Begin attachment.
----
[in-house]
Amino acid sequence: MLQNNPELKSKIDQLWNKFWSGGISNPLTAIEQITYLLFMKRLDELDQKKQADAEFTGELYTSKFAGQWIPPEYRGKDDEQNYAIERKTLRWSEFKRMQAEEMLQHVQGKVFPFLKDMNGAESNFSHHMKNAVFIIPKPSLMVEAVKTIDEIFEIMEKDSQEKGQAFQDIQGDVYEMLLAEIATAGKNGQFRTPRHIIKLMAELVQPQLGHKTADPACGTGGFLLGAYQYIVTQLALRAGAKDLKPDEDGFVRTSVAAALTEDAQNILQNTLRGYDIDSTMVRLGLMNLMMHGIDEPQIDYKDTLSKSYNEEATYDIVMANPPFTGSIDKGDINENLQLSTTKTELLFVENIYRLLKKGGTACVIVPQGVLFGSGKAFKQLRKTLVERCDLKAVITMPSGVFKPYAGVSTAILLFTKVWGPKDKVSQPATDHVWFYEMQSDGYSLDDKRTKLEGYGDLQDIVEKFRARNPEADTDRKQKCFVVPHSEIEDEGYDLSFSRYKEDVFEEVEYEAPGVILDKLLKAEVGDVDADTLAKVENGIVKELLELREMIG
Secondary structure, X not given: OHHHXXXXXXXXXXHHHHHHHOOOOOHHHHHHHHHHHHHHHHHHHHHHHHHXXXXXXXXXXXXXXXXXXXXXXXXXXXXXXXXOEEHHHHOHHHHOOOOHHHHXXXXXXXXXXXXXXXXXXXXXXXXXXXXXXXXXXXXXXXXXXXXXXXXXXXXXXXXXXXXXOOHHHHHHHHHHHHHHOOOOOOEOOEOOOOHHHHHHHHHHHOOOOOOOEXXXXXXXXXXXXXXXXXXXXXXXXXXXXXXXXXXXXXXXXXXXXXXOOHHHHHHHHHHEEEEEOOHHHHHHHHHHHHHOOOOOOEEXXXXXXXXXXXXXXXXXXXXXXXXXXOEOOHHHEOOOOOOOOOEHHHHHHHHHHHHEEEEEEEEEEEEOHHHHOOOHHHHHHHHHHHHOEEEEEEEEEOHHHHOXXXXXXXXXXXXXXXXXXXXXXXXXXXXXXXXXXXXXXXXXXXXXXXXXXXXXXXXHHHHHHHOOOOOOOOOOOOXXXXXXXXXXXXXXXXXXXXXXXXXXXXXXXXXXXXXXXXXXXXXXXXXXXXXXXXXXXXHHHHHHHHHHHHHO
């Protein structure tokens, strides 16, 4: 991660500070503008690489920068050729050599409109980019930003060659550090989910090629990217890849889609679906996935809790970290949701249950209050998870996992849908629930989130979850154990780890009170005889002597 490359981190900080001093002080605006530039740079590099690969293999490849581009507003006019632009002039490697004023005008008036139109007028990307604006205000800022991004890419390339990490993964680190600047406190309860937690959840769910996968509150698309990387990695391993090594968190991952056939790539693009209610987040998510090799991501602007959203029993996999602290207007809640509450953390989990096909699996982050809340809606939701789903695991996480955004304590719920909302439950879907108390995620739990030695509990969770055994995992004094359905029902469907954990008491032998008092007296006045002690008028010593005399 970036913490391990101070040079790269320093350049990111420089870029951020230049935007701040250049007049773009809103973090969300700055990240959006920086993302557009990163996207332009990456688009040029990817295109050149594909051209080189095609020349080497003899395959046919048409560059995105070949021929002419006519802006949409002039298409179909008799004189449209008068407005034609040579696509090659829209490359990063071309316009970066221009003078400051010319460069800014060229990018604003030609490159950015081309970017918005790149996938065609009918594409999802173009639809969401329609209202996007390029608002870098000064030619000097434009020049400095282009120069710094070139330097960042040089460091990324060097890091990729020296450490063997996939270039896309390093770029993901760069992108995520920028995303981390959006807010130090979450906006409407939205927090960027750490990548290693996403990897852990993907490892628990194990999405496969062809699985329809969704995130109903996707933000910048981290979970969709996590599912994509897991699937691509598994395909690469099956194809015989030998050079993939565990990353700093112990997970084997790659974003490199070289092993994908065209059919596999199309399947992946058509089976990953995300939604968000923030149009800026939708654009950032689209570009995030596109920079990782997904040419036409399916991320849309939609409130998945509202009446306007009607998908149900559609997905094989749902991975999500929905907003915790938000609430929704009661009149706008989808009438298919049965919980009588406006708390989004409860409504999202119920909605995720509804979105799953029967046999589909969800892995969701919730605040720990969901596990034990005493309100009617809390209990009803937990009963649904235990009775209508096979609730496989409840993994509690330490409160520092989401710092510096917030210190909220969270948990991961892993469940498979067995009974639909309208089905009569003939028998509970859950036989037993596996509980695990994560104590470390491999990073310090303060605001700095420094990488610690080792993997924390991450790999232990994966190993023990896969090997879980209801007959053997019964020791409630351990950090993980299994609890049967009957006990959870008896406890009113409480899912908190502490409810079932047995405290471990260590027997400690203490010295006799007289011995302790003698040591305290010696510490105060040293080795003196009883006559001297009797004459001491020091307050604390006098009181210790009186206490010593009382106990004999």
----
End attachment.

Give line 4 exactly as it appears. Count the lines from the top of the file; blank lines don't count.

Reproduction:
């Protein structure tokens, strides 16, 4: 991660500070503008690489920068050729050599409109980019930003060659550090989910090629990217890849889609679906996935809790970290949701249950209050998870996992849908629930989130979850154990780890009170005889002597 490359981190900080001093002080605006530039740079590099690969293999490849581009507003006019632009002039490697004023005008008036139109007028990307604006205000800022991004890419390339990490993964680190600047406190309860937690959840769910996968509150698309990387990695391993090594968190991952056939790539693009209610987040998510090799991501602007959203029993996999602290207007809640509450953390989990096909699996982050809340809606939701789903695991996480955004304590719920909302439950879907108390995620739990030695509990969770055994995992004094359905029902469907954990008491032998008092007296006045002690008028010593005399 970036913490391990101070040079790269320093350049990111420089870029951020230049935007701040250049007049773009809103973090969300700055990240959006920086993302557009990163996207332009990456688009040029990817295109050149594909051209080189095609020349080497003899395959046919048409560059995105070949021929002419006519802006949409002039298409179909008799004189449209008068407005034609040579696509090659829209490359990063071309316009970066221009003078400051010319460069800014060229990018604003030609490159950015081309970017918005790149996938065609009918594409999802173009639809969401329609209202996007390029608002870098000064030619000097434009020049400095282009120069710094070139330097960042040089460091990324060097890091990729020296450490063997996939270039896309390093770029993901760069992108995520920028995303981390959006807010130090979450906006409407939205927090960027750490990548290693996403990897852990993907490892628990194990999405496969062809699985329809969704995130109903996707933000910048981290979970969709996590599912994509897991699937691509598994395909690469099956194809015989030998050079993939565990990353700093112990997970084997790659974003490199070289092993994908065209059919596999199309399947992946058509089976990953995300939604968000923030149009800026939708654009950032689209570009995030596109920079990782997904040419036409399916991320849309939609409130998945509202009446306007009607998908149900559609997905094989749902991975999500929905907003915790938000609430929704009661009149706008989808009438298919049965919980009588406006708390989004409860409504999202119920909605995720509804979105799953029967046999589909969800892995969701919730605040720990969901596990034990005493309100009617809390209990009803937990009963649904235990009775209508096979609730496989409840993994509690330490409160520092989401710092510096917030210190909220969270948990991961892993469940498979067995009974639909309208089905009569003939028998509970859950036989037993596996509980695990994560104590470390491999990073310090303060605001700095420094990488610690080792993997924390991450790999232990994966190993023990896969090997879980209801007959053997019964020791409630351990950090993980299994609890049967009957006990959870008896406890009113409480899912908190502490409810079932047995405290471990260590027997400690203490010295006799007289011995302790003698040591305290010696510490105060040293080795003196009883006559001297009797004459001491020091307050604390006098009181210790009186206490010593009382106990004999």